"There is only one cure in the whole of the earth," The owl said from its perch atop the great ticking grandfather clock on the eastern wall of the study. "And you know what that means don't you?"
"Silence," I said rubbing the stinging pain out of my hand and beginning to search the room, "wooden owls have never talked to me before, so don't you start."
The old study was quite spacious in size but overloaded with objects, and my panic stricken mind rushed me to the first of the great iron tables in the room. On it lay sprawling suspension models of the celestial orbs and the solar system, and my mind raced through mythology to think of a connection.
"The trap was not crafted to keep those forbidden from entering." said the owl, "it is a test."
"And am I to believe your words apparition? Would you not rejoice in my demise?"
"The poisonous leaf is eaten by the worm."
I looked at the great clock and the infuriating feathered imp at its crest. "You speak nonsense, and a dying man can spare no second."
Abandoning the table my eyes then ran along the countless spines of books that lined the walls sorrowing at the quantity.
"The worm in turn is eaten by the spider." said the owl.
"Perhaps the antidote has already been prepared." I said ignoring the cryptic words of the owl and coming to the next desk. this one covered in many stoppered vials and alchemical equipment.
"And the spider by the snake." said the owl.
The setting sun shone pink through the bleary leaded windows and by it's light I could discern no labels or markings on the vials. "I may poison myself twice or three fold drinking such mysteries." I said, my head swimming and my heart racing.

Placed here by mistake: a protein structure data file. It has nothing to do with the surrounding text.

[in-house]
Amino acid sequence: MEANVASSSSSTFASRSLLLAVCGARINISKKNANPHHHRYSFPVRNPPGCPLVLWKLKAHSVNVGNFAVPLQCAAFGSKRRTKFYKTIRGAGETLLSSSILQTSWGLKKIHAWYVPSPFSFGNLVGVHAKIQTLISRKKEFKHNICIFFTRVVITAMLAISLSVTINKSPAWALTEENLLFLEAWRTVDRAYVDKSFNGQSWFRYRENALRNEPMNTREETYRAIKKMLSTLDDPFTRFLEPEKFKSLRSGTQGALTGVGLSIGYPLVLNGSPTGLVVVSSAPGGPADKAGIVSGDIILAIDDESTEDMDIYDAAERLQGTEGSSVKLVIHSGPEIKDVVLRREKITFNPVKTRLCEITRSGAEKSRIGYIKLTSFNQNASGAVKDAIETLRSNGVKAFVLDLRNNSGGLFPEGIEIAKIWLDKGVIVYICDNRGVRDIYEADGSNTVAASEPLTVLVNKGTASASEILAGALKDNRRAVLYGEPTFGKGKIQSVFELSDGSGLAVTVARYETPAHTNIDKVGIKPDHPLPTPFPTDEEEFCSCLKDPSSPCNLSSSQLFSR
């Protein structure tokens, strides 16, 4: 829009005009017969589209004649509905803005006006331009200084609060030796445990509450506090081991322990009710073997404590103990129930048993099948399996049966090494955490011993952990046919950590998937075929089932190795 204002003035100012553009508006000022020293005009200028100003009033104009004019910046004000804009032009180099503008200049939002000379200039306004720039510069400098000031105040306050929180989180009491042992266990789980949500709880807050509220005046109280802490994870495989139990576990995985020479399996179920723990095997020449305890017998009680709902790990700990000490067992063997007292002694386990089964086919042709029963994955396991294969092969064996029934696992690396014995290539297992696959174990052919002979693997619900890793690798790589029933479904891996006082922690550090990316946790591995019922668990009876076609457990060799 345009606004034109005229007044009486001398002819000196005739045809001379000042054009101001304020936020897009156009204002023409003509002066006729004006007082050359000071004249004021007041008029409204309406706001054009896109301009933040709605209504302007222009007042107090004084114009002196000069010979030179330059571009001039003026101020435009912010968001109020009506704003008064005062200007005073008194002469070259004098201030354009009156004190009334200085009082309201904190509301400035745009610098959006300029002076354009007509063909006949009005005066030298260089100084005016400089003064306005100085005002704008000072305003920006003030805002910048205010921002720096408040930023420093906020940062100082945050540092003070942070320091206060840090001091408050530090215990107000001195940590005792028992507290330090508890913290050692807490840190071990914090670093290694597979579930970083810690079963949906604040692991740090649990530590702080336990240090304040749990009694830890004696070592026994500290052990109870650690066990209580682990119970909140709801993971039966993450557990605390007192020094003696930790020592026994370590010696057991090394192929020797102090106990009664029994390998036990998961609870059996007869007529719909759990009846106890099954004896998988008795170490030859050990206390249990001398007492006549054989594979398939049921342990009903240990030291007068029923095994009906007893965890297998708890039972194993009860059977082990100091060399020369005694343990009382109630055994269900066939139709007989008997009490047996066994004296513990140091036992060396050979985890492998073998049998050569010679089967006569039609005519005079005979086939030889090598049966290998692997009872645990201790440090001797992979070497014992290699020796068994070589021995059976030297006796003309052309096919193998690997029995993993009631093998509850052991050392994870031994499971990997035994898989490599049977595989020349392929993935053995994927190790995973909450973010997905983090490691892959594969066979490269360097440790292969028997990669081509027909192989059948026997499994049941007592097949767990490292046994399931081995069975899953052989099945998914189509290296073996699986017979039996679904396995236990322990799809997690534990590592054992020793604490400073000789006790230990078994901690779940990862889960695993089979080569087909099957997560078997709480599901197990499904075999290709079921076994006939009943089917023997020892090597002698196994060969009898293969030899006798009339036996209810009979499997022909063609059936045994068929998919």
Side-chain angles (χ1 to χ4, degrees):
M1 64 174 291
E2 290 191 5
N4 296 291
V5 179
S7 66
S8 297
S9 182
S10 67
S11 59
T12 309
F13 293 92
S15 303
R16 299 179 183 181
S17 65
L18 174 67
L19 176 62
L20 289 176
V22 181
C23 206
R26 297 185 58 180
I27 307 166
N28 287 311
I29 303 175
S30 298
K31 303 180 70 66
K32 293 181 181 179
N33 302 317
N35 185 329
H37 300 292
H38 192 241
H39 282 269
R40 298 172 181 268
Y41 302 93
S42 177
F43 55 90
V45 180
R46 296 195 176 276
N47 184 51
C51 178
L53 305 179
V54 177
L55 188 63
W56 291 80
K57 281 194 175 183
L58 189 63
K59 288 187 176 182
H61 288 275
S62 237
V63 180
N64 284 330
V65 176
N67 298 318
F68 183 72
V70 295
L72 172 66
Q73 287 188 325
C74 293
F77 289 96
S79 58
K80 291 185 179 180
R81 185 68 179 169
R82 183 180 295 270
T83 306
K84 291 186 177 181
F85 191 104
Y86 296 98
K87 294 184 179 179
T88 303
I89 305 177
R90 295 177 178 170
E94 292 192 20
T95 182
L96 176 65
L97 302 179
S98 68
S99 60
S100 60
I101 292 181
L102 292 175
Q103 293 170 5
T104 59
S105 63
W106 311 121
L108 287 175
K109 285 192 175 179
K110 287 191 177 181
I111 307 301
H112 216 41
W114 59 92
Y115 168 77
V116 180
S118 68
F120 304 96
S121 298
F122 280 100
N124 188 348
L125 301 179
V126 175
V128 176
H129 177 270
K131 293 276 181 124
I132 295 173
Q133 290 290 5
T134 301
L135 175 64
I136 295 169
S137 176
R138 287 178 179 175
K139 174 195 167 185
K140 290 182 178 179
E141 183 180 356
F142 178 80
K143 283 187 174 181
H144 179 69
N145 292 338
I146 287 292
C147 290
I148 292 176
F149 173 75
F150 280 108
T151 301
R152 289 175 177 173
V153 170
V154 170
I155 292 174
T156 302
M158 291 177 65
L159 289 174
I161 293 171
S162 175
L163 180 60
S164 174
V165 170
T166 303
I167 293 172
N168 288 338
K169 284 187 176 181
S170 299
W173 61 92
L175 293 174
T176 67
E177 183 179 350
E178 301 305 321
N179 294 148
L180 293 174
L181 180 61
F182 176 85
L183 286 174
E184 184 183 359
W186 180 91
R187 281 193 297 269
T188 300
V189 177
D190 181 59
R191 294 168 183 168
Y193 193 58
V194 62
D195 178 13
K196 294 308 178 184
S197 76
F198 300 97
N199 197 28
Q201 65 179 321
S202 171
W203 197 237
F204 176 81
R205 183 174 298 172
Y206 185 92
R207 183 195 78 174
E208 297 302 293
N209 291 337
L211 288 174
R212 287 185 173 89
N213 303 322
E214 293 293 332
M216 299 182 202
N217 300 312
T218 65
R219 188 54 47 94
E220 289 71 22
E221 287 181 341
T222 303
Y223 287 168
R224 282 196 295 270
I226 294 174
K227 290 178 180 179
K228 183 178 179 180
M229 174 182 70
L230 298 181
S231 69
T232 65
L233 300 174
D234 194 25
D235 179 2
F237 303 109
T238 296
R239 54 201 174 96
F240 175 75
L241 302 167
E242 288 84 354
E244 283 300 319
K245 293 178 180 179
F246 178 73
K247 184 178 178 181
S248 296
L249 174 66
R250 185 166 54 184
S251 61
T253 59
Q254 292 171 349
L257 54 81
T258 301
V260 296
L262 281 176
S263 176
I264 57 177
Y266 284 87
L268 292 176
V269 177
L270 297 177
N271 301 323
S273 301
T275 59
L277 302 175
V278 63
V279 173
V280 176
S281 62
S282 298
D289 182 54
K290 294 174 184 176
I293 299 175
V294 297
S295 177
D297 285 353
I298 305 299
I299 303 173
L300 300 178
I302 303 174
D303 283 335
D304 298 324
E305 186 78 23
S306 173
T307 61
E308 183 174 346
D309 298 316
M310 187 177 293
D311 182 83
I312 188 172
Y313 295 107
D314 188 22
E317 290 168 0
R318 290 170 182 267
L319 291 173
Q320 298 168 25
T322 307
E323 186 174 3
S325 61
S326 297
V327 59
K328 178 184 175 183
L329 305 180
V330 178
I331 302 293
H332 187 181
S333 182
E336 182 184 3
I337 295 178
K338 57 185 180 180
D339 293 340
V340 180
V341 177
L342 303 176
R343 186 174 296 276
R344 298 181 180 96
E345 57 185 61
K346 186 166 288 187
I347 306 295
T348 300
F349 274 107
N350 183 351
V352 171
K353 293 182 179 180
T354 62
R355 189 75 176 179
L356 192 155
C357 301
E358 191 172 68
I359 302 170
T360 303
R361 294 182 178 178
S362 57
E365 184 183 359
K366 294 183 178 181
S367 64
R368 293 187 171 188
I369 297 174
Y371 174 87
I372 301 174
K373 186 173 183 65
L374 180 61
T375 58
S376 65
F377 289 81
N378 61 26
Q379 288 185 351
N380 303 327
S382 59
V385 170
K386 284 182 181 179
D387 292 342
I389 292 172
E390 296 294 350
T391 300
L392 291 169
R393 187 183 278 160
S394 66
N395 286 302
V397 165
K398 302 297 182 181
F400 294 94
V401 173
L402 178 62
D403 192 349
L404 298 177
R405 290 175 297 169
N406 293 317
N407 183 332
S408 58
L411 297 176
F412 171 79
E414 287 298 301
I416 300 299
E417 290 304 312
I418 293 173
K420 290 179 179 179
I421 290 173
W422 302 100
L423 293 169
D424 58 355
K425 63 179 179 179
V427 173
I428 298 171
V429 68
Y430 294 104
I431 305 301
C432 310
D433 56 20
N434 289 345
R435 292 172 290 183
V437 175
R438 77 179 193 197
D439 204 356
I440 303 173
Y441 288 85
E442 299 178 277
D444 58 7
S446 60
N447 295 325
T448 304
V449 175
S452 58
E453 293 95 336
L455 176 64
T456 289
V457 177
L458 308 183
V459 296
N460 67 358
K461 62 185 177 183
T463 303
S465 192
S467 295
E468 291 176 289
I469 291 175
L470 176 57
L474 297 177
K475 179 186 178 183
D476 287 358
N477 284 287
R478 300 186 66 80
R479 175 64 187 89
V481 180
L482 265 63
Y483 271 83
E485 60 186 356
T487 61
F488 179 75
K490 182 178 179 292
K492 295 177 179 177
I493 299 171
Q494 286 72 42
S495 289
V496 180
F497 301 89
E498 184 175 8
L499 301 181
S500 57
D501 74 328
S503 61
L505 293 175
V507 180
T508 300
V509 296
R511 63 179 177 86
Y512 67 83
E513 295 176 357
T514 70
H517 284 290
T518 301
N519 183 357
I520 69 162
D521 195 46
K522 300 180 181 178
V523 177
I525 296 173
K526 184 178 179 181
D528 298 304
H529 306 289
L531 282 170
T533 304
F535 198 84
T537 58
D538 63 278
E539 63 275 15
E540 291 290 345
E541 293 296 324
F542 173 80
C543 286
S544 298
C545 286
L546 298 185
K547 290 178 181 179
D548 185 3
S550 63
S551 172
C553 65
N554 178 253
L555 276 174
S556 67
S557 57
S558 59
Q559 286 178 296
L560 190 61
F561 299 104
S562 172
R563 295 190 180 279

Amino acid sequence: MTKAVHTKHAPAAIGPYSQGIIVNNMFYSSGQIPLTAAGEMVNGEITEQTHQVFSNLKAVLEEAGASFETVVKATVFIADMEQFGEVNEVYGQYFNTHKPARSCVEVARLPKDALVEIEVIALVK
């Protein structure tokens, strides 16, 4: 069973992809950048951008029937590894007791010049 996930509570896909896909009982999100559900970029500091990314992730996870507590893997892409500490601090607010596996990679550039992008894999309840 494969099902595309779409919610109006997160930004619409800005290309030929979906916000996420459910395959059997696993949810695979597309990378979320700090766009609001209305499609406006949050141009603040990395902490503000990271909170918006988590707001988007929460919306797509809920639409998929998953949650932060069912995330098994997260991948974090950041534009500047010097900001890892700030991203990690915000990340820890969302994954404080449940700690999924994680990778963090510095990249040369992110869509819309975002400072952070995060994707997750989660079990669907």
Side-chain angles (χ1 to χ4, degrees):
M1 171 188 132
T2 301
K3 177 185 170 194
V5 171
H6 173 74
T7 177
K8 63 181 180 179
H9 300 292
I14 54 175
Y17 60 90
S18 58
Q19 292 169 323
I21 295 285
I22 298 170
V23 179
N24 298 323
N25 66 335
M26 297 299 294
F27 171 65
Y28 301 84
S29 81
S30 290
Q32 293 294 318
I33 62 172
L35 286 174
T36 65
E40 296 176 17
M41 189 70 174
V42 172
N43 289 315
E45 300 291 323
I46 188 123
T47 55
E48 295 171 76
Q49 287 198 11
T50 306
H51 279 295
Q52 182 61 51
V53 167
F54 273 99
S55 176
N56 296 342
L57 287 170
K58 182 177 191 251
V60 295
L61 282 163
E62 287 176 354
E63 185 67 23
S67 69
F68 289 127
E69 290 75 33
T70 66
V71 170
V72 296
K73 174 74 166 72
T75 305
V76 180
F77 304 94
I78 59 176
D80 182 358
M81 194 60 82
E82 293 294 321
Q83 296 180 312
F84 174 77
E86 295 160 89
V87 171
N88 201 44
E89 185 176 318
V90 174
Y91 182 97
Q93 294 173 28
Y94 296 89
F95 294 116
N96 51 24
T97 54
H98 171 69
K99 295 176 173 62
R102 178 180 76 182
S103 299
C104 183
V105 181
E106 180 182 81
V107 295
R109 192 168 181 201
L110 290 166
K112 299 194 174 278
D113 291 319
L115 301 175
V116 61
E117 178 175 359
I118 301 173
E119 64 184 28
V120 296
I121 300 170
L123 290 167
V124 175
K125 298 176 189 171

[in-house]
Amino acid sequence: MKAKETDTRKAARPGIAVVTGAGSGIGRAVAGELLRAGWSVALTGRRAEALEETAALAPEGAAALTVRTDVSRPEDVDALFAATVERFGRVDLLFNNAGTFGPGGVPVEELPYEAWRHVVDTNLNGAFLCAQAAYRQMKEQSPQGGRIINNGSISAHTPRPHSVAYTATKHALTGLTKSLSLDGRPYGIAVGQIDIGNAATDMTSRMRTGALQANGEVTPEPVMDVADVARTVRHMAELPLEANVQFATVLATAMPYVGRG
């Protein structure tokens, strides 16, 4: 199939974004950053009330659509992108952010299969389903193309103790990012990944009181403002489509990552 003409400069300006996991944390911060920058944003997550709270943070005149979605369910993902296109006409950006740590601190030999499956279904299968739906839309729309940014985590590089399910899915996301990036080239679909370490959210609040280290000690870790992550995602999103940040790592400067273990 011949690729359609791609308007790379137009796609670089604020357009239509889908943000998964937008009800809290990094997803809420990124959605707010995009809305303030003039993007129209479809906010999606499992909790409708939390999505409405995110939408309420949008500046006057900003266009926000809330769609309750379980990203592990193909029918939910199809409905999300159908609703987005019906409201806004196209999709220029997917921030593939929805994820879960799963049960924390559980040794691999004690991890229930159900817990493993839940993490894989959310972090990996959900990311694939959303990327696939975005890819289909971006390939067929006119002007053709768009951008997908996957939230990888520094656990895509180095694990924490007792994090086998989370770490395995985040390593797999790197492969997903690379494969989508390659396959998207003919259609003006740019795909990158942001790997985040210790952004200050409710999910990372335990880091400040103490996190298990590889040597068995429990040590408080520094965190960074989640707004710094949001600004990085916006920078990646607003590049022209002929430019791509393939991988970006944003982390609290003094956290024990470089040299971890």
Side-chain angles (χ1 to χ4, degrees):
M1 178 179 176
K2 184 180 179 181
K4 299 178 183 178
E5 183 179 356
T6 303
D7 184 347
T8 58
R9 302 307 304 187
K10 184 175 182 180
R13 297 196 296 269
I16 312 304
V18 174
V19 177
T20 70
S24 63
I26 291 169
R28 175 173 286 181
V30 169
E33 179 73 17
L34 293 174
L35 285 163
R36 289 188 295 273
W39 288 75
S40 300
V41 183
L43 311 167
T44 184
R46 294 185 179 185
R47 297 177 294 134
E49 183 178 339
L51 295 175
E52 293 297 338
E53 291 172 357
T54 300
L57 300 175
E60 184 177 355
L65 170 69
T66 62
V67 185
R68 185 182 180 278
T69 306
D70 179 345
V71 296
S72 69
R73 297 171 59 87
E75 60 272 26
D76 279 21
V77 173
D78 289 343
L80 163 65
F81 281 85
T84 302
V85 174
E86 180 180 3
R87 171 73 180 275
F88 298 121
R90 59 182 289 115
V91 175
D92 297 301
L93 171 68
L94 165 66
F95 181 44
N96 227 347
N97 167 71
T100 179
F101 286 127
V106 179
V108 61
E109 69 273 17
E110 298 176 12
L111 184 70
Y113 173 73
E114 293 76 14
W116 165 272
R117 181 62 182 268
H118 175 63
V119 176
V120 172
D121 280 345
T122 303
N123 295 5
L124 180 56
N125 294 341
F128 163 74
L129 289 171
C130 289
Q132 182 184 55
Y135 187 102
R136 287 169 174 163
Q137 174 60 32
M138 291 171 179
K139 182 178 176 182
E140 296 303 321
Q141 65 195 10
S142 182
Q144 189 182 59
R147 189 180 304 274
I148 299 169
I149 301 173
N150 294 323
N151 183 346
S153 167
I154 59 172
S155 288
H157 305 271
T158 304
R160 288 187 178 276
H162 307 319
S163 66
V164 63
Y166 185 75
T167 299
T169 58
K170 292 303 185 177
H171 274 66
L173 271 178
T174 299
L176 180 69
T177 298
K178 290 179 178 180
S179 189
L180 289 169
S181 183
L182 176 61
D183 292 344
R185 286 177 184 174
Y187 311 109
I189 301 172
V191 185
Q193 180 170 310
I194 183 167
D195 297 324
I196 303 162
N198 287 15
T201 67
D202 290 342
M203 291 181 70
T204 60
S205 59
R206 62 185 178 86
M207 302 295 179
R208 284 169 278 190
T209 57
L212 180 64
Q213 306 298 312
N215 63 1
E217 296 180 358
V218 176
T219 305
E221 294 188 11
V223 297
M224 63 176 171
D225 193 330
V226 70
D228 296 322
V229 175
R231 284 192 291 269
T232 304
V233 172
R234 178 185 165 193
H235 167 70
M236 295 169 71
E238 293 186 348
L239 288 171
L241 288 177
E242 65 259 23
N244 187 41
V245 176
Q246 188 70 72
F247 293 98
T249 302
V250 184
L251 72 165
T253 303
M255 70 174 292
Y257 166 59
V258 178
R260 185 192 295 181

"And the snake by the scorpion. By this the Gu is made." said the owl.
"Your babbling grows tiresome devil," I said moving to the great ledge at the base of the window. "I shall die at least in the rays of the sun."
My eyes then examined the great pyramidal terrarium on the ledge before me, and saw within it a great glistening scorpion.
"So you have found it, the concentration of death-bringers." said the owl.
"What good does it do me? Poison is not undone by a second dose. Only Mithradates would not be so doomed." I said slumping to the floor beneath the window. "May God smite this accursed place from the Earth."
Then my toxin riddled mind struck on something the owl had said when I first entered. There is only one cure in the whole of the earth!
I crawled with burning joints to the first iron table and hooking the celestial model with my hand pulled it crashing to the floor. The sundered blue glass of our world revealed truth to my hope, and in fumbling fingers I grasped the antidote that was within the Earth.